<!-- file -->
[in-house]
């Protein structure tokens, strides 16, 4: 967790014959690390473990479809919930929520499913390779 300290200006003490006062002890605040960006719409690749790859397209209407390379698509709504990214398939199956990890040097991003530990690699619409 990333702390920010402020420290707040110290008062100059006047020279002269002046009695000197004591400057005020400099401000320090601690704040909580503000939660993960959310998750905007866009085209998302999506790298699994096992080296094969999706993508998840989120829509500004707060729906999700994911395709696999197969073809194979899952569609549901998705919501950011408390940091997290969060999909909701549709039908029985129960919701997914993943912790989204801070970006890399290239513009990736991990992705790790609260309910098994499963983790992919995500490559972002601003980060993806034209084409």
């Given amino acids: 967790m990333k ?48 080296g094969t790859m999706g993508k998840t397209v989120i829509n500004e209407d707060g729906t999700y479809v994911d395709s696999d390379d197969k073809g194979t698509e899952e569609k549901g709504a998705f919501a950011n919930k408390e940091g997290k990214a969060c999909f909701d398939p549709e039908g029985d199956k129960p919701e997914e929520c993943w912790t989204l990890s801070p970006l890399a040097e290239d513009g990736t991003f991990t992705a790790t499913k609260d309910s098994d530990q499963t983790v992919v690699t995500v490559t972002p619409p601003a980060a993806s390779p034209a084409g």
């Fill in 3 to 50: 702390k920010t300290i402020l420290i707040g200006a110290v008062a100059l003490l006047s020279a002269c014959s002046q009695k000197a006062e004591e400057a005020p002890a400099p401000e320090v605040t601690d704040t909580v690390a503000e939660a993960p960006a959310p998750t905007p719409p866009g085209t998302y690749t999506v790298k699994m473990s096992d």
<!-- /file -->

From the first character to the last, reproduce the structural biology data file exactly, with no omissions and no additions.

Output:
[in-house]
């Protein structure tokens, strides 16, 4: 967790014959690390473990479809919930929520499913390779 300290200006003490006062002890605040960006719409690749790859397209209407390379698509709504990214398939199956990890040097991003530990690699619409 990333702390920010402020420290707040110290008062100059006047020279002269002046009695000197004591400057005020400099401000320090601690704040909580503000939660993960959310998750905007866009085209998302999506790298699994096992080296094969999706993508998840989120829509500004707060729906999700994911395709696999197969073809194979899952569609549901998705919501950011408390940091997290969060999909909701549709039908029985129960919701997914993943912790989204801070970006890399290239513009990736991990992705790790609260309910098994499963983790992919995500490559972002601003980060993806034209084409």
């Given amino acids: 967790m990333k ?48 080296g094969t790859m999706g993508k998840t397209v989120i829509n500004e209407d707060g729906t999700y479809v994911d395709s696999d390379d197969k073809g194979t698509e899952e569609k549901g709504a998705f919501a950011n919930k408390e940091g997290k990214a969060c999909f909701d398939p549709e039908g029985d199956k129960p919701e997914e929520c993943w912790t989204l990890s801070p970006l890399a040097e290239d513009g990736t991003f991990t992705a790790t499913k609260d309910s098994d530990q499963t983790v992919v690699t995500v490559t972002p619409p601003a980060a993806s390779p034209a084409g």
């Fill in 3 to 50: 702390k920010t300290i402020l420290i707040g200006a110290v008062a100059l003490l006047s020279a002269c014959s002046q009695k000197a006062e004591e400057a005020p002890a400099p401000e320090v605040t601690d704040t909580v690390a503000e939660a993960p960006a959310p998750t905007p719409p866009g085209t998302y690749t999506v790298k699994m473990s096992d």